MRI and MRS Markers of Epileptogenesis

  • Lado, Fred A. (PI)

Project: Research project

Project Details

Description

DESCRIPTION (provided by applicant): Epilepsy is a common disease, affecting approximately 0.5% of the US population, and disproportionately affecting children. Often, seizures develop months or years - the 'latent period' - following an initial brain injury, such as an episode of SE in early childhood. Not all individuals with comparable early life SE, however, develop epilepsy. Indeed, only a minority of children at risk subsequently develops epilepsy. To prospectively select children most likely to benefit from antiepileptogenic therapy it is necessary to identify surrogate markers. The recent advances in neuroimaging suggest that it may be possible to use neuroimaging tools to identify these surrogate markers. Identification of surrogate markers and would make it possible to initiate antiepileptogenic therapies only in children at risk. Furthermore, since it may take years before seizures develop following an injury, the identification of neuroimaging markers predicting epilepsy can accelerate the discovery of appropriate age-specific treatments to prevent epilepsy Thus, additional surrogate markers must be identified. To be of greatest use, markers either should persist through the latent period or should appear at distinct times within the latent period. It is also desirable that these markers provide insight into the evolution of the biological processes that culminate in epilepsy. To circumvent the problem of long latent periods in the development of human epilepsy, we propose to identify surrogate markers of epileptogenesis in lithium-pilocarpine immature rat model of epilepsy where seizures develop on average ten weeks after status epilepticus. By prospectively studying rats using magnetic resonance imaging and spectroscopy methods, we propose to identify brain changes that precede and predict the development of epilepsy.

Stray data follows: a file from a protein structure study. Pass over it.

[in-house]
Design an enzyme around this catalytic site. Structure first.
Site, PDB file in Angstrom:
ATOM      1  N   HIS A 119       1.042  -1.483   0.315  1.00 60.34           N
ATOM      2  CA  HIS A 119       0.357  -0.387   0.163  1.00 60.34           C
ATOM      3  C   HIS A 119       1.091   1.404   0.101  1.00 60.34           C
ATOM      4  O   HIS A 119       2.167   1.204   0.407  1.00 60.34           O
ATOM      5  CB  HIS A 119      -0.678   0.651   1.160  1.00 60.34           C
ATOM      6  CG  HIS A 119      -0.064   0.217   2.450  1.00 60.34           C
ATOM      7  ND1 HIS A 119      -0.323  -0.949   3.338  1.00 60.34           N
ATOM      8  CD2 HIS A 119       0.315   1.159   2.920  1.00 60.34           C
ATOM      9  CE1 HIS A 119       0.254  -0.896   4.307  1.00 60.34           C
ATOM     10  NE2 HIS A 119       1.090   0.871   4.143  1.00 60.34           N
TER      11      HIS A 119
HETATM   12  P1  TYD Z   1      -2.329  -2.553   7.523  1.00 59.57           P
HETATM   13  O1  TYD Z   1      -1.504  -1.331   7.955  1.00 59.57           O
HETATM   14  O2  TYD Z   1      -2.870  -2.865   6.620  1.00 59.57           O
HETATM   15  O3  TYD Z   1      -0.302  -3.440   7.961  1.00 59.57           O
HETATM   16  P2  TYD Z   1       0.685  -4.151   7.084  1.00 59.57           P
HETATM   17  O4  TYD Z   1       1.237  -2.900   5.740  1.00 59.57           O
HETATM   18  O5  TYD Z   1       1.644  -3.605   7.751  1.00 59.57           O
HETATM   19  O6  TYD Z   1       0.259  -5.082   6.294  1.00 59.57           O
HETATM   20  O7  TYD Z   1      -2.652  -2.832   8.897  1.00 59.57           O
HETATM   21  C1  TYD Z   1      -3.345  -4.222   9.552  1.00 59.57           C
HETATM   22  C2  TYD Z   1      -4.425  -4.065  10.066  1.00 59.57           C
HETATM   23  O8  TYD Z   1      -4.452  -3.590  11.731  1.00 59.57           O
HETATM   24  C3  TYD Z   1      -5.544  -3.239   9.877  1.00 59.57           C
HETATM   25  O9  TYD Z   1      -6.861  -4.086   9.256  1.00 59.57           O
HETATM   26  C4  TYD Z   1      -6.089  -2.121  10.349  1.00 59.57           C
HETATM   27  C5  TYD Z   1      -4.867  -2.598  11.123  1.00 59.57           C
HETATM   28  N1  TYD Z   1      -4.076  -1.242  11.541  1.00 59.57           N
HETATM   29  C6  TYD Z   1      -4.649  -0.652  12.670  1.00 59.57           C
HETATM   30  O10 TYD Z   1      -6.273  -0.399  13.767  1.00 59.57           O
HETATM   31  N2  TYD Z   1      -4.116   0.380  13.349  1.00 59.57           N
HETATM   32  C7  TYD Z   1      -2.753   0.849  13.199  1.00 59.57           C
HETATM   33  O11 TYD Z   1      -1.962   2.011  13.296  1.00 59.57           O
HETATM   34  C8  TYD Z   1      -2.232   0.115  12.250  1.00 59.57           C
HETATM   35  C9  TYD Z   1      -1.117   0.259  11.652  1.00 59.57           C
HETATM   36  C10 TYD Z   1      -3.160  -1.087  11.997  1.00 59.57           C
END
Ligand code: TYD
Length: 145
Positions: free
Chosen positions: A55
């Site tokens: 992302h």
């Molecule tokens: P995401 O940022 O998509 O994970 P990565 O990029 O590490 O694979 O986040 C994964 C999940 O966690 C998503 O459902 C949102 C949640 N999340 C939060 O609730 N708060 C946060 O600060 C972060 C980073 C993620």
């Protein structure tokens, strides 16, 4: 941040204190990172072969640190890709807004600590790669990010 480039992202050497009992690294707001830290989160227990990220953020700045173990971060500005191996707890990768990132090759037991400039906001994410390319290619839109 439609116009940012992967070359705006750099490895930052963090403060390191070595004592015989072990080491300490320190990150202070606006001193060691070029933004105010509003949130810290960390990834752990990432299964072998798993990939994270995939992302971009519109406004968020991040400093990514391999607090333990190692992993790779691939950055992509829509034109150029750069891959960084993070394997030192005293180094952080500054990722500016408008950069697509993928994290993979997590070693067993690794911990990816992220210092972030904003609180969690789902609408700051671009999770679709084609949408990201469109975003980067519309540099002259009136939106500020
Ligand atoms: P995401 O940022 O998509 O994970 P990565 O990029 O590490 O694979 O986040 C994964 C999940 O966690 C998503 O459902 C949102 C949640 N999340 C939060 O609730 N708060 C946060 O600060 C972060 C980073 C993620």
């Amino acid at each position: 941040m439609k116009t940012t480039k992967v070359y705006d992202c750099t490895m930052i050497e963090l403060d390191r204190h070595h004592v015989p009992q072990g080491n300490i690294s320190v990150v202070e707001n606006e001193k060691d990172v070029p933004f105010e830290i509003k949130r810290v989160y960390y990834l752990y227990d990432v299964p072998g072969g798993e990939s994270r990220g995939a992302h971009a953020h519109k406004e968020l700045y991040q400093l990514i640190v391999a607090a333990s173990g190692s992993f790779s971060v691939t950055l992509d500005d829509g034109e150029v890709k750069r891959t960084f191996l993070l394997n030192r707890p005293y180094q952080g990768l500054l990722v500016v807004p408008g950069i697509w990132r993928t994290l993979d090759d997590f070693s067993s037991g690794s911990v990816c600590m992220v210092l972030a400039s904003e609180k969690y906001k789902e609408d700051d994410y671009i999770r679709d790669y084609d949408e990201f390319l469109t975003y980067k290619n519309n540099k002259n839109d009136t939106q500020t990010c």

StatusFinished
Effective start/end date7/1/056/30/08

ASJC

  • Medicine(all)
  • Neuroscience(all)